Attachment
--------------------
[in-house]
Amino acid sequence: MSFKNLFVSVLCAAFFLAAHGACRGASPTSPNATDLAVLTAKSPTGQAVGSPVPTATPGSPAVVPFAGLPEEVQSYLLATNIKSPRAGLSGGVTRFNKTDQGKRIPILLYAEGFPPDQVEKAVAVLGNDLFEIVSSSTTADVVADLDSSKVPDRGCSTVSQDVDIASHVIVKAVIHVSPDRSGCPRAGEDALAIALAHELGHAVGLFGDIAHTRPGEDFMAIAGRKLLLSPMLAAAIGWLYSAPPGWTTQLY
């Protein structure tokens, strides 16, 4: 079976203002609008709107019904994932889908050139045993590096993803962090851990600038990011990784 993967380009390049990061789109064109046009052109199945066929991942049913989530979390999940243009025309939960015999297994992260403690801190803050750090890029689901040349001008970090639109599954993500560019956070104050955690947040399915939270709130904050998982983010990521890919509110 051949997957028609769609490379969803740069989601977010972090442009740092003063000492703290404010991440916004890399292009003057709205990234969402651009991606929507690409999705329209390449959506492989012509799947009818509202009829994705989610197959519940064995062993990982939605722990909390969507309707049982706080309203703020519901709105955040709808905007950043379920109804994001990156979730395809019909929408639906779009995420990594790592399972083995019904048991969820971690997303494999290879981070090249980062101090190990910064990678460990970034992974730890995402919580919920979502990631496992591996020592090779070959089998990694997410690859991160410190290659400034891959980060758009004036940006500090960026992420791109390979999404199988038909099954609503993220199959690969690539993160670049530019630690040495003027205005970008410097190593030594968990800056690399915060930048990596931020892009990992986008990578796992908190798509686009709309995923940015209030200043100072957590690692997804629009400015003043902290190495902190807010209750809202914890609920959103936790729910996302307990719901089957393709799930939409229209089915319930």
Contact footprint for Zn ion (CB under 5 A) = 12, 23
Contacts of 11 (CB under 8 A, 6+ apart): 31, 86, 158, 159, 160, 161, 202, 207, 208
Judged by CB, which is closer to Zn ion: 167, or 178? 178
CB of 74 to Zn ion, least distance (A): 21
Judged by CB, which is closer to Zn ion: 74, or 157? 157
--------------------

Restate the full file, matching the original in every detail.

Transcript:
[in-house]
Amino acid sequence: MSFKNLFVSVLCAAFFLAAHGACRGASPTSPNATDLAVLTAKSPTGQAVGSPVPTATPGSPAVVPFAGLPEEVQSYLLATNIKSPRAGLSGGVTRFNKTDQGKRIPILLYAEGFPPDQVEKAVAVLGNDLFEIVSSSTTADVVADLDSSKVPDRGCSTVSQDVDIASHVIVKAVIHVSPDRSGCPRAGEDALAIALAHELGHAVGLFGDIAHTRPGEDFMAIAGRKLLLSPMLAAAIGWLYSAPPGWTTQLY
């Protein structure tokens, strides 16, 4: 079976203002609008709107019904994932889908050139045993590096993803962090851990600038990011990784 993967380009390049990061789109064109046009052109199945066929991942049913989530979390999940243009025309939960015999297994992260403690801190803050750090890029689901040349001008970090639109599954993500560019956070104050955690947040399915939270709130904050998982983010990521890919509110 051949997957028609769609490379969803740069989601977010972090442009740092003063000492703290404010991440916004890399292009003057709205990234969402651009991606929507690409999705329209390449959506492989012509799947009818509202009829994705989610197959519940064995062993990982939605722990909390969507309707049982706080309203703020519901709105955040709808905007950043379920109804994001990156979730395809019909929408639906779009995420990594790592399972083995019904048991969820971690997303494999290879981070090249980062101090190990910064990678460990970034992974730890995402919580919920979502990631496992591996020592090779070959089998990694997410690859991160410190290659400034891959980060758009004036940006500090960026992420791109390979999404199988038909099954609503993220199959690969690539993160670049530019630690040495003027205005970008410097190593030594968990800056690399915060930048990596931020892009990992986008990578796992908190798509686009709309995923940015209030200043100072957590690692997804629009400015003043902290190495902190807010209750809202914890609920959103936790729910996302307990719901089957393709799930939409229209089915319930």
Contact footprint for Zn ion (CB under 5 A) = 12, 23
Contacts of 11 (CB under 8 A, 6+ apart): 31, 86, 158, 159, 160, 161, 202, 207, 208
Judged by CB, which is closer to Zn ion: 167, or 178? 178
CB of 74 to Zn ion, least distance (A): 21
Judged by CB, which is closer to Zn ion: 74, or 157? 157